Hey CEOs – Think like an activist investor

Article originally published in the Philadelphia Business Journal on April 16, 2015

The CEOs of many public companies raise their guard when they receive a phone call from an activist investor wanting to discuss how a company can improve its performance and shareholder return. This is not necessarily the right reaction.

Activists invest in underperforming companies and push for improved shareholder return through cost reduction, a change in business strategy, a leadership change or the pursuit of strategic options. If shareholder return cannot be improved through other means, the activist might push for outright sale of the company or one or more of its operating units.
If unsuccessful in convincing the CEO and board to implement their proposals to increase shareholder return, an activist may pursue one or more board seats, and threaten a proxy fight to seat their own director slate. All outside directors have a fiduciary duty to be independent, even if nominated by an activist and seated through a proxy fight. These directors need to make their own independent decisions based on what is best for the shareholders after board deliberation, not what is best for the activist who nominated them.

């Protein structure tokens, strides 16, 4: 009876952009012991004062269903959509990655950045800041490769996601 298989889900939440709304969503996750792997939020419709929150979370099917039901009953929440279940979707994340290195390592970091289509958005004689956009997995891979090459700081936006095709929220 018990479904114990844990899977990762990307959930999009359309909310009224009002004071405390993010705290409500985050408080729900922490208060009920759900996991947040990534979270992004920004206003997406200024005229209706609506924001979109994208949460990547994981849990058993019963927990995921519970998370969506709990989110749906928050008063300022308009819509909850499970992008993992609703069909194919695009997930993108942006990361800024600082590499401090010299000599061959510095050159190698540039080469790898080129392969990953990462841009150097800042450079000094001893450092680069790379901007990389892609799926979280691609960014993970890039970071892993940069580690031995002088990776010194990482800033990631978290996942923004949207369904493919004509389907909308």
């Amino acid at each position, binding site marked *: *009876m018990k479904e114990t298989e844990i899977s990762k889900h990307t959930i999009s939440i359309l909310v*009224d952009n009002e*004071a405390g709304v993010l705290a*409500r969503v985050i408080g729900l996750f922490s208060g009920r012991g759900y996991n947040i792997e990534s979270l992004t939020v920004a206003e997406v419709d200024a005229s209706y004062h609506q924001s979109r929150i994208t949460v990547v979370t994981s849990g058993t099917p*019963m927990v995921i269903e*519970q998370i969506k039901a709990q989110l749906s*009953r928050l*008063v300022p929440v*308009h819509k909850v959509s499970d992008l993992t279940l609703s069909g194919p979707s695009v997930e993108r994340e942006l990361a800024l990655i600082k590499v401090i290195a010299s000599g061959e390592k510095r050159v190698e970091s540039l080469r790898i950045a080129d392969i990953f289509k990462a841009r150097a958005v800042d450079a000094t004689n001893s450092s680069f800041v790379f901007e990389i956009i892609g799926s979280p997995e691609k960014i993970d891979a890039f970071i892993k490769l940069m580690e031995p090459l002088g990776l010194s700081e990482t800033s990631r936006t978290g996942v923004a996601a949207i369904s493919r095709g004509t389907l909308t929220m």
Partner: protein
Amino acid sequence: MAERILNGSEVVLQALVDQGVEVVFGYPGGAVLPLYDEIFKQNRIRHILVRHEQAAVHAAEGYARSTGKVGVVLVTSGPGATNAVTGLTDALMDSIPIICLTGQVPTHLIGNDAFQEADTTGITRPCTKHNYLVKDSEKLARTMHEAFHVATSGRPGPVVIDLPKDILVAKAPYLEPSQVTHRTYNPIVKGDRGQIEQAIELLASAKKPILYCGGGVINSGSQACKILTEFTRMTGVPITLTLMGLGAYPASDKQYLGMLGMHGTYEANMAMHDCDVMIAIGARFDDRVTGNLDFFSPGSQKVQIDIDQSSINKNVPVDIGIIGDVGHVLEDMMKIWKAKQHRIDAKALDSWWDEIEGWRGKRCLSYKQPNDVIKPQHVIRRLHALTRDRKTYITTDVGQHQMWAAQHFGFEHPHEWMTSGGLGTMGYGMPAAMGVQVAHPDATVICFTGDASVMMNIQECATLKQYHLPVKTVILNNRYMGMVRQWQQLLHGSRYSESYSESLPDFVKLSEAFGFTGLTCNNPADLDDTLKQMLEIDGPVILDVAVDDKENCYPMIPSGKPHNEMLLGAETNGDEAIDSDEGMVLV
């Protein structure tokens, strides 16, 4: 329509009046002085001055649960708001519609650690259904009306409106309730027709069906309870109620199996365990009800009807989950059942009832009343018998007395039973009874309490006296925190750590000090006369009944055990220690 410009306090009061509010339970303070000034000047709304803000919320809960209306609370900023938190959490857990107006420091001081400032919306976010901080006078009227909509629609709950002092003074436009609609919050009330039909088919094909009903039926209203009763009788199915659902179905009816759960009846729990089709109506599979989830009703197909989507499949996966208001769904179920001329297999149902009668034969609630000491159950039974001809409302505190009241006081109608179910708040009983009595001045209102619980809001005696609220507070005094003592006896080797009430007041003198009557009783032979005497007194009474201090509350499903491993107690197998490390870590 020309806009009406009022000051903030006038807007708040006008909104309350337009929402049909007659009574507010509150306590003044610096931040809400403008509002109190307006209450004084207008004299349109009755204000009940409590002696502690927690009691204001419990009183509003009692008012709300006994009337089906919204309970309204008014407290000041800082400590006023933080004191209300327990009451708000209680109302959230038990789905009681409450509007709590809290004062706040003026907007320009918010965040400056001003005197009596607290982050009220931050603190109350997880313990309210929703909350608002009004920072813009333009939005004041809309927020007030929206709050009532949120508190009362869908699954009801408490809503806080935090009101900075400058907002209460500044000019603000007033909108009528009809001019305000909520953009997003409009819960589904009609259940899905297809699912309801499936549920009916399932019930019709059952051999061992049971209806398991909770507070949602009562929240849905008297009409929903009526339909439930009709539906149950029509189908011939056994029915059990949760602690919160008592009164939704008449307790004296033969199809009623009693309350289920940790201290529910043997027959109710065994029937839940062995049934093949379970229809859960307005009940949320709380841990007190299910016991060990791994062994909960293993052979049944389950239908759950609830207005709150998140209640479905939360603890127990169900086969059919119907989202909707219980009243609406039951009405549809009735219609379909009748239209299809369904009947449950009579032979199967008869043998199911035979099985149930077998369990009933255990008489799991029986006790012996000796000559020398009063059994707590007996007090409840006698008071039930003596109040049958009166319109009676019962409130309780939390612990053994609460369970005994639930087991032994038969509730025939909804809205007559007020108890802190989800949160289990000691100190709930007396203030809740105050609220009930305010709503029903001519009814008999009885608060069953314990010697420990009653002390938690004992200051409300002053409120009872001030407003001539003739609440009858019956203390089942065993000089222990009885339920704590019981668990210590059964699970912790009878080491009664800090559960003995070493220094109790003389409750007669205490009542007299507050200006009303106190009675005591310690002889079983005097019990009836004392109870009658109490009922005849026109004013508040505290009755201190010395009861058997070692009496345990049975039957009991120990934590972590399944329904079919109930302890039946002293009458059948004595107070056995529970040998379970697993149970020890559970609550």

Some activists are interested only in making a quick return, with no interest in the potential of a company to generate much higher returns for its shareholders over the long term. This adds to the pressure of companies to sacrifice the long term in favor of shorter-term quarterly results. The interests of short-term oriented activists may not be in the best interests of most of the company’s shareholders. Other activists are in it for the long term as are many shareholders, and their proposals need to be heard and if valid, seriously considered.

Dealing with activists who are adversarial is a distraction to the CEO and to the board, and takes time and focus away from the business. A proxy fight impacts the CEO’s reputation as well as that of the board. So, how do you lessen the likelihood that your company becomes an activist target?

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